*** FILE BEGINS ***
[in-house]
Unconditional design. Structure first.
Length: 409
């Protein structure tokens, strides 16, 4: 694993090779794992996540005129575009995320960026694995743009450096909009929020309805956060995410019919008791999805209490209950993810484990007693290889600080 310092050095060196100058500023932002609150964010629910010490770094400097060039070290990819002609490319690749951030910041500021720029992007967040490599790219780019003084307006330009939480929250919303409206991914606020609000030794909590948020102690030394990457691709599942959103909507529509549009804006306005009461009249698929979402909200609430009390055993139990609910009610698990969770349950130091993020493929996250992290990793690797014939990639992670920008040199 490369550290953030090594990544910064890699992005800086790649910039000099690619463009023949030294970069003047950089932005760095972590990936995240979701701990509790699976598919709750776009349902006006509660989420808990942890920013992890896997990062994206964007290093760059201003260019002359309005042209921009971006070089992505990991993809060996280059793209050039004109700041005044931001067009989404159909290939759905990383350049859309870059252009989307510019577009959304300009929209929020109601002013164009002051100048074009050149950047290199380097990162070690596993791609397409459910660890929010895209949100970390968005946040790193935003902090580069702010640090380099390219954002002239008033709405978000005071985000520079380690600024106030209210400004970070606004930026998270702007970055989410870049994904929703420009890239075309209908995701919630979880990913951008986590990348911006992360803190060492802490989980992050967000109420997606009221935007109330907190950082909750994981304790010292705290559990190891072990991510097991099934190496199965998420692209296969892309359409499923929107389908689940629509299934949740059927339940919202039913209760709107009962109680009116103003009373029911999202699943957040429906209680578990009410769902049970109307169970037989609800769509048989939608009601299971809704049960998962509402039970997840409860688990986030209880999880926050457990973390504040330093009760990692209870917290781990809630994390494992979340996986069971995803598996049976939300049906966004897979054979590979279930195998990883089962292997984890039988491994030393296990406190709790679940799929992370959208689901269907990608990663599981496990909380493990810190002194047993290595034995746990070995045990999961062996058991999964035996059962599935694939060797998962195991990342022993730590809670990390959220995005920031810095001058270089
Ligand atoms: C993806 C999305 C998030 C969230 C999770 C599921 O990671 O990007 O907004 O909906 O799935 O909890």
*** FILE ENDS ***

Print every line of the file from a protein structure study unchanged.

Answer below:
[in-house]
Unconditional design. Structure first.
Length: 409
């Protein structure tokens, strides 16, 4: 694993090779794992996540005129575009995320960026694995743009450096909009929020309805956060995410019919008791999805209490209950993810484990007693290889600080 310092050095060196100058500023932002609150964010629910010490770094400097060039070290990819002609490319690749951030910041500021720029992007967040490599790219780019003084307006330009939480929250919303409206991914606020609000030794909590948020102690030394990457691709599942959103909507529509549009804006306005009461009249698929979402909200609430009390055993139990609910009610698990969770349950130091993020493929996250992290990793690797014939990639992670920008040199 490369550290953030090594990544910064890699992005800086790649910039000099690619463009023949030294970069003047950089932005760095972590990936995240979701701990509790699976598919709750776009349902006006509660989420808990942890920013992890896997990062994206964007290093760059201003260019002359309005042209921009971006070089992505990991993809060996280059793209050039004109700041005044931001067009989404159909290939759905990383350049859309870059252009989307510019577009959304300009929209929020109601002013164009002051100048074009050149950047290199380097990162070690596993791609397409459910660890929010895209949100970390968005946040790193935003902090580069702010640090380099390219954002002239008033709405978000005071985000520079380690600024106030209210400004970070606004930026998270702007970055989410870049994904929703420009890239075309209908995701919630979880990913951008986590990348911006992360803190060492802490989980992050967000109420997606009221935007109330907190950082909750994981304790010292705290559990190891072990991510097991099934190496199965998420692209296969892309359409499923929107389908689940629509299934949740059927339940919202039913209760709107009962109680009116103003009373029911999202699943957040429906209680578990009410769902049970109307169970037989609800769509048989939608009601299971809704049960998962509402039970997840409860688990986030209880999880926050457990973390504040330093009760990692209870917290781990809630994390494992979340996986069971995803598996049976939300049906966004897979054979590979279930195998990883089962292997984890039988491994030393296990406190709790679940799929992370959208689901269907990608990663599981496990909380493990810190002194047993290595034995746990070995045990999961062996058991999964035996059962599935694939060797998962195991990342022993730590809670990390959220995005920031810095001058270089
Ligand atoms: C993806 C999305 C998030 C969230 C999770 C599921 O990671 O990007 O907004 O909906 O799935 O909890």